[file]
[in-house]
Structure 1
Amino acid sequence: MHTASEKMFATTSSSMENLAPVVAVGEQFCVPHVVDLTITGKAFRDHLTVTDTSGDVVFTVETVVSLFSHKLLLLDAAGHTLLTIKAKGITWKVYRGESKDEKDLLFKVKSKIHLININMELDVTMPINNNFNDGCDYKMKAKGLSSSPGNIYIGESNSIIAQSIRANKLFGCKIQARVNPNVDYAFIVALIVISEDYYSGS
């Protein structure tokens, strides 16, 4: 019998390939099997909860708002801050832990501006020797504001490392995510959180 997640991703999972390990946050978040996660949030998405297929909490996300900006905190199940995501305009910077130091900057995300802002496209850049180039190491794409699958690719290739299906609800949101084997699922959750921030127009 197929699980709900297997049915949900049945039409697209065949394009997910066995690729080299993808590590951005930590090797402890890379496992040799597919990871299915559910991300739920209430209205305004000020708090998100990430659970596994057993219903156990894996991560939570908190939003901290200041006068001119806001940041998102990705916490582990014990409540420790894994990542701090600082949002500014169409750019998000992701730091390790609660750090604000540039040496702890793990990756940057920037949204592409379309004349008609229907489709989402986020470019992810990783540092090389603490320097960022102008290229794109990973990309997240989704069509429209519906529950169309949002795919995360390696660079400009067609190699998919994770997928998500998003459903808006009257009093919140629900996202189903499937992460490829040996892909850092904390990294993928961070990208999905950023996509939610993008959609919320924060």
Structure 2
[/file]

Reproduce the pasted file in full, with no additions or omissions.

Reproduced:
[in-house]
Structure 1
Amino acid sequence: MHTASEKMFATTSSSMENLAPVVAVGEQFCVPHVVDLTITGKAFRDHLTVTDTSGDVVFTVETVVSLFSHKLLLLDAAGHTLLTIKAKGITWKVYRGESKDEKDLLFKVKSKIHLININMELDVTMPINNNFNDGCDYKMKAKGLSSSPGNIYIGESNSIIAQSIRANKLFGCKIQARVNPNVDYAFIVALIVISEDYYSGS
């Protein structure tokens, strides 16, 4: 019998390939099997909860708002801050832990501006020797504001490392995510959180 997640991703999972390990946050978040996660949030998405297929909490996300900006905190199940995501305009910077130091900057995300802002496209850049180039190491794409699958690719290739299906609800949101084997699922959750921030127009 197929699980709900297997049915949900049945039409697209065949394009997910066995690729080299993808590590951005930590090797402890890379496992040799597919990871299915559910991300739920209430209205305004000020708090998100990430659970596994057993219903156990894996991560939570908190939003901290200041006068001119806001940041998102990705916490582990014990409540420790894994990542701090600082949002500014169409750019998000992701730091390790609660750090604000540039040496702890793990990756940057920037949204592409379309004349008609229907489709989402986020470019992810990783540092090389603490320097960022102008290229794109990973990309997240989704069509429209519906529950169309949002795919995360390696660079400009067609190699998919994770997928998500998003459903808006009257009093919140629900996202189903499937992460490829040996892909850092904390990294993928961070990208999905950023996509939610993008959609919320924060």
Structure 2